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Despite which side of the debate one falls on, abortion has always been a hot button issue. Those who are "pro-life" believe that it's more important to protect the life of a fetus than give women autonomy over their own bodies. On the other side of the debate, those who are "pro-choice" don't address whether abortion is right or wrong; instead, they argue that the government shouldn't be involved in decisions women make about their own body.
Although the U.S. Supreme Court has previously addressed this controversial topic, abortion laws are far from settled. In fact, many states have recently passed or are currently in the process of passing new laws regarding abortion. But, do these laws actually punish women who get an abortion? Read on to find out.
Several states have recently passed laws addressing abortion. More specifically, they make it harder for women to get an abortion. Alabama has passed strictest law by banning abortion, even in cases of rape or incest. Georgia, Kentucky, Missouri, Mississippi, and Ohio passed "heartbeat bills," which outlaws abortion once a fetal heartbeat can be detected. This occurs usually in 6 to 8 weeks of pregnancy, often before a woman even knows she's pregnant.
It's important to note, that the U.S. Supreme Court's decision in Roe v. Wade says that abortion is legal until the fetus is viable, which usually occurs at 24 to 28 weeks. As a result, these laws are likely to be the subject of many court cases. For example, a judge recently blocked Mississippi's new abortion law.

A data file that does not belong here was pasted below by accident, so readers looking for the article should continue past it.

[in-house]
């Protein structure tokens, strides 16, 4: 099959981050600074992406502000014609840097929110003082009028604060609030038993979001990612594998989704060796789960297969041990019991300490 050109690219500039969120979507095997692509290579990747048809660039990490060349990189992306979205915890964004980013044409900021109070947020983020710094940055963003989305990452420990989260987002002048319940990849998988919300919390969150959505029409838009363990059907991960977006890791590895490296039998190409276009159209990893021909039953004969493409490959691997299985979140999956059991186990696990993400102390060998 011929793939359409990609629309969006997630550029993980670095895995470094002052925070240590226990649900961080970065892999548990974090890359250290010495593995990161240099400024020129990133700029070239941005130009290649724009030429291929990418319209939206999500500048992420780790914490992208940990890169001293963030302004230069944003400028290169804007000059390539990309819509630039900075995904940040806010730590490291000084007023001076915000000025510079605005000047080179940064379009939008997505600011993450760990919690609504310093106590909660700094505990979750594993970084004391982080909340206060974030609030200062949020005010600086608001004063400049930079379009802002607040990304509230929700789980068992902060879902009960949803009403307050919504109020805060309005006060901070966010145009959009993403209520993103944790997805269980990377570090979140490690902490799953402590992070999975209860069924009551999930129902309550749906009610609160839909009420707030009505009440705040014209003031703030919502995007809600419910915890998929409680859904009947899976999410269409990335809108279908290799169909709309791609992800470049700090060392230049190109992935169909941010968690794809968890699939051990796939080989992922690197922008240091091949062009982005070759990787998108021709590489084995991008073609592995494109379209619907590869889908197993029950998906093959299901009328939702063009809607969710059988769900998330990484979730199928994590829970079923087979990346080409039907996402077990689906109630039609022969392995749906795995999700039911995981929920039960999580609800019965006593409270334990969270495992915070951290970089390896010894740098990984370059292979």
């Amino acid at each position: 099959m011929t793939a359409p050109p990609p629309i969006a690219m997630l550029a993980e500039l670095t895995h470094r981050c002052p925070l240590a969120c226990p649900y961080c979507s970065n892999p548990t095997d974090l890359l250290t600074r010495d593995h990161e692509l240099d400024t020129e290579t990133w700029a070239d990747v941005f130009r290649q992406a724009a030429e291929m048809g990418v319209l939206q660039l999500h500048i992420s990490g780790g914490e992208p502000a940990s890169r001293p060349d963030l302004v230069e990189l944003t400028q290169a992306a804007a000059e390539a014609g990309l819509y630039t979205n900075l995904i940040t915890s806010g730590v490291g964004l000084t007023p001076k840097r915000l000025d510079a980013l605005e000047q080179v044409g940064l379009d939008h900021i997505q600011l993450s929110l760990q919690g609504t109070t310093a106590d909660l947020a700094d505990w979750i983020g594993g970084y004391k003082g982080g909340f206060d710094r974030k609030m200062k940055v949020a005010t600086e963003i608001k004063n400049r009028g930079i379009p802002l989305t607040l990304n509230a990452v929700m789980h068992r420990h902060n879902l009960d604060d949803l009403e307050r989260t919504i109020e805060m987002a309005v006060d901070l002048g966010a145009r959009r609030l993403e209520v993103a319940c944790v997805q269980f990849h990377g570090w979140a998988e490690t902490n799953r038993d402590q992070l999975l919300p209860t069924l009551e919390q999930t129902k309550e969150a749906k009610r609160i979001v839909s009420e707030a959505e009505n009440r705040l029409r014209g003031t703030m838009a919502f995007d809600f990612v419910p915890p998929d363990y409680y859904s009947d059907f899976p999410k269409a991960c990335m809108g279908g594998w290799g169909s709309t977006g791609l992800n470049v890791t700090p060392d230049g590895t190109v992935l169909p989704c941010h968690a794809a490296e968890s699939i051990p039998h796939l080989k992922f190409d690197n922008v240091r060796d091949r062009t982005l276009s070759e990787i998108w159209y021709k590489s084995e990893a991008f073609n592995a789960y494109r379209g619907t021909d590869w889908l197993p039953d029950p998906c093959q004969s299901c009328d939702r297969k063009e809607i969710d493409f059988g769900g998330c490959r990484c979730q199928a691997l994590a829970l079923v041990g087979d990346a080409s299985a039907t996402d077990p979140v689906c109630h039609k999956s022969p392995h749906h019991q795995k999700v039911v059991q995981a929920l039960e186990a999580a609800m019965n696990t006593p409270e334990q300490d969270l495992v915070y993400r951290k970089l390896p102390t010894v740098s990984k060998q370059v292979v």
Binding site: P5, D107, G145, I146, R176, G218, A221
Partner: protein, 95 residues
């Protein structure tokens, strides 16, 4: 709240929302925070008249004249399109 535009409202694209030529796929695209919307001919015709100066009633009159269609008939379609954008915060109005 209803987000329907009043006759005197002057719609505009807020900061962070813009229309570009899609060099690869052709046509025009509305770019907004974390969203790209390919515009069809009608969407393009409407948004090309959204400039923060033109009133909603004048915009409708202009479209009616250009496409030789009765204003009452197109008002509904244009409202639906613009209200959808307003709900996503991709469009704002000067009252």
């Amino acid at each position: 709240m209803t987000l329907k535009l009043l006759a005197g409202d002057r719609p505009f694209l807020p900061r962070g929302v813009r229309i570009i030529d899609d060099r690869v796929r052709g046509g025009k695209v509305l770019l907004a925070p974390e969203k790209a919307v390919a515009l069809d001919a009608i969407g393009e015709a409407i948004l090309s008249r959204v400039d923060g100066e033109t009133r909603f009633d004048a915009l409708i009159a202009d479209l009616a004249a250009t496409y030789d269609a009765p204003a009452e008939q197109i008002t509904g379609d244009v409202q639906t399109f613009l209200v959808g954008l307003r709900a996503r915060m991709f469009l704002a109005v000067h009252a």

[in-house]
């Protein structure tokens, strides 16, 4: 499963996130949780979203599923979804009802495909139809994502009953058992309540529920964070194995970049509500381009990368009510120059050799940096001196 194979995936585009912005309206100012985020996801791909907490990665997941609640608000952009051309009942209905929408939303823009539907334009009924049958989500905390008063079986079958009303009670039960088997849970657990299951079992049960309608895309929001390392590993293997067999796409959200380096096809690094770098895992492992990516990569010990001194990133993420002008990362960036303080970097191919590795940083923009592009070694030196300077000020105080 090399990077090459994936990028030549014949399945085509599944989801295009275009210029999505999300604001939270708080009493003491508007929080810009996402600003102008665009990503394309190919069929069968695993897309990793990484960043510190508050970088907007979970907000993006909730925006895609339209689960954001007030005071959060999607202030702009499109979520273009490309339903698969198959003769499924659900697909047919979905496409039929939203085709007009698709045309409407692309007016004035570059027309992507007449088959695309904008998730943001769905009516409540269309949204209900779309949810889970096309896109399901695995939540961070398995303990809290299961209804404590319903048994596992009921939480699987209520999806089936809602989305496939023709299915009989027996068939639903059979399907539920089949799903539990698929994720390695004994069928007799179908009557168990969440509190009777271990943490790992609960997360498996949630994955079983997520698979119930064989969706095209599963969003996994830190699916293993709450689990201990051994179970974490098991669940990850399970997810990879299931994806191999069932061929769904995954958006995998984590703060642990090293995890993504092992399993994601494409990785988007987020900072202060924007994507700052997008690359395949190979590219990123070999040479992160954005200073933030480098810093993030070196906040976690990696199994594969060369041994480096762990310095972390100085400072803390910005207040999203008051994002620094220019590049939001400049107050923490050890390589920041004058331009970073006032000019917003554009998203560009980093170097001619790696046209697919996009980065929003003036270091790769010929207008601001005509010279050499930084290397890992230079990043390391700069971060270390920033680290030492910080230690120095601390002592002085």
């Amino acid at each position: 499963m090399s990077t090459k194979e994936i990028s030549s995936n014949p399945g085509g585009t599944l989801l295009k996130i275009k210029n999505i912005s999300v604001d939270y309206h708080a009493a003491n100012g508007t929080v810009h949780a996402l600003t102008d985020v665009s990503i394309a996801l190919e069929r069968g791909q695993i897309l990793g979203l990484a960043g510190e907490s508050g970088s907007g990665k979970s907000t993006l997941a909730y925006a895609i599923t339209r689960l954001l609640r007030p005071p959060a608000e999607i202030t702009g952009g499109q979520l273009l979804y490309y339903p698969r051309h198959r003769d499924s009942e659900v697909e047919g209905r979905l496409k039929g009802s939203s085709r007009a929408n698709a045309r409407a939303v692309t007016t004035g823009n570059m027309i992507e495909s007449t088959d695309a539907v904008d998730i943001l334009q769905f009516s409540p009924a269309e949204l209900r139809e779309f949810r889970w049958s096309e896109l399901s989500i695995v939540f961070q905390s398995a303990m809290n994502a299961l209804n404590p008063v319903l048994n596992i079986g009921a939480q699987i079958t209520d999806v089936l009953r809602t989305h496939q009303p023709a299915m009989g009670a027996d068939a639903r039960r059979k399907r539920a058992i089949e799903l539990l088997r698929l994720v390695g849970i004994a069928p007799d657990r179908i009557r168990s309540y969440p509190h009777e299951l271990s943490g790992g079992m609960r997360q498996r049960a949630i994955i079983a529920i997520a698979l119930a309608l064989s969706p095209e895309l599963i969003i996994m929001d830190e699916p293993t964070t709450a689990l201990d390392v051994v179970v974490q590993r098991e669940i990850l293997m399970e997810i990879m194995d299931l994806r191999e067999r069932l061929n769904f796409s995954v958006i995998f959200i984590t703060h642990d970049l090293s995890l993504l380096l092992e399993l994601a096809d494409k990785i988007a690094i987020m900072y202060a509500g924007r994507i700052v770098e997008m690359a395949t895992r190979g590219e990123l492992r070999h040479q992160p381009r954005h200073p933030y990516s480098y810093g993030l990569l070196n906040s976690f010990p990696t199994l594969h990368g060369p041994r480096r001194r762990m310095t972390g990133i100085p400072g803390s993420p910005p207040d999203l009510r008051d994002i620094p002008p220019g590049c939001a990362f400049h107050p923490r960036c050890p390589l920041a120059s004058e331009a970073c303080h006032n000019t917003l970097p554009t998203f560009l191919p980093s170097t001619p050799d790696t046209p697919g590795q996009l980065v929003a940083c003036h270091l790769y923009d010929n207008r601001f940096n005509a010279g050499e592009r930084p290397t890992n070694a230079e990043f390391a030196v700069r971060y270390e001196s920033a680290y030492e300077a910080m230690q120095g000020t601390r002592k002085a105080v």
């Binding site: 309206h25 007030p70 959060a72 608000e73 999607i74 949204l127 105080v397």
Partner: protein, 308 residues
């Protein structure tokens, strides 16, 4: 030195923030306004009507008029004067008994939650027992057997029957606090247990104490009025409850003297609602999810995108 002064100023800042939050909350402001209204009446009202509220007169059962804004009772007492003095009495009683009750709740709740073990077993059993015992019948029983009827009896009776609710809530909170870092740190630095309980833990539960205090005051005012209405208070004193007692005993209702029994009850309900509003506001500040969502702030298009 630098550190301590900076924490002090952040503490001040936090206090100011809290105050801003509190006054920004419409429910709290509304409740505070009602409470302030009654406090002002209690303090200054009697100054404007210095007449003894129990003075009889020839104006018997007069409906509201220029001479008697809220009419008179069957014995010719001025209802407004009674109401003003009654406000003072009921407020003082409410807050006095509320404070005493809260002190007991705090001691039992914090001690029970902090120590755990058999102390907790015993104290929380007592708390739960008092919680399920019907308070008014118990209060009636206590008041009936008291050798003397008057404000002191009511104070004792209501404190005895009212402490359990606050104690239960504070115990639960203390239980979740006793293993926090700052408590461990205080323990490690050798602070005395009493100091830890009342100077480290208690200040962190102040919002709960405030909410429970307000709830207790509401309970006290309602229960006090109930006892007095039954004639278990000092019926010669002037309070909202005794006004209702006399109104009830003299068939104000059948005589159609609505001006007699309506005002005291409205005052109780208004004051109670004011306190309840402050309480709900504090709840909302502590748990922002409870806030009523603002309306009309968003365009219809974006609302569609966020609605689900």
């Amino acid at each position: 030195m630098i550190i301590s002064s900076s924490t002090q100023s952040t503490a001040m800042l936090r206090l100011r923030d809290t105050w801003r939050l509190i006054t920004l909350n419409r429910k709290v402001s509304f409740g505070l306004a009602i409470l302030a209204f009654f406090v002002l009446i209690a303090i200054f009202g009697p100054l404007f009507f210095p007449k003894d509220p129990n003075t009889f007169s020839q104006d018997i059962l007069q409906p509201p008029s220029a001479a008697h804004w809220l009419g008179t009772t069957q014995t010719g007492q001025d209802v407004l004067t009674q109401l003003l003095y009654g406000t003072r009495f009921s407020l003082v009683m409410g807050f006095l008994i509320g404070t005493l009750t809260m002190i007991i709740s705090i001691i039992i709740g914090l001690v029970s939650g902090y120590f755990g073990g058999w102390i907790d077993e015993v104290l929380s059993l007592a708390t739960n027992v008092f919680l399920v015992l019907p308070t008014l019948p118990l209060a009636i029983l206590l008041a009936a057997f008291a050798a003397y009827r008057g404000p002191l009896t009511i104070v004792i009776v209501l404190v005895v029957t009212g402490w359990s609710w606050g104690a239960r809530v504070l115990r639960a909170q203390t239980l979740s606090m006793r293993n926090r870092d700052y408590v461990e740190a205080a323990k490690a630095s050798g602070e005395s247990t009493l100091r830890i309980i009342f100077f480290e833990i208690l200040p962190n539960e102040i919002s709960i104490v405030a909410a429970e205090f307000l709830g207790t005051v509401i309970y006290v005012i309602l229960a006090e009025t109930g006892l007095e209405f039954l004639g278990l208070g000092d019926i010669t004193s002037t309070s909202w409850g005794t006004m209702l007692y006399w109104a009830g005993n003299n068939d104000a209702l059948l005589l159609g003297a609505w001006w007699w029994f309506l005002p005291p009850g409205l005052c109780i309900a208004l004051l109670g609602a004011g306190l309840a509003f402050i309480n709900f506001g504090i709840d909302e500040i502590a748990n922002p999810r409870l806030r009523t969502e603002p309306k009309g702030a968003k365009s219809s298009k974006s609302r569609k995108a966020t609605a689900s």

Although these laws severely limit a woman's ability to get an abortion, they don't implement punishments for women who get one. For example, even under Alabama's abortion laws, only those who provide an abortion can be charged with a felony. Women who get an abortion do not face any criminal or civil penalties. The other states with new abortion laws also focus on punishing abortion providers, not the women who get an abortion.
If you've been charged with violating your state's abortion laws, or simply have questions about what would happen if you violated those laws, it's best to speak to a local criminal defense attorney.
Meeting with a lawyer can help you understand your options and how to best protect your rights. Visit our attorney directory to find a lawyer near you who can help.
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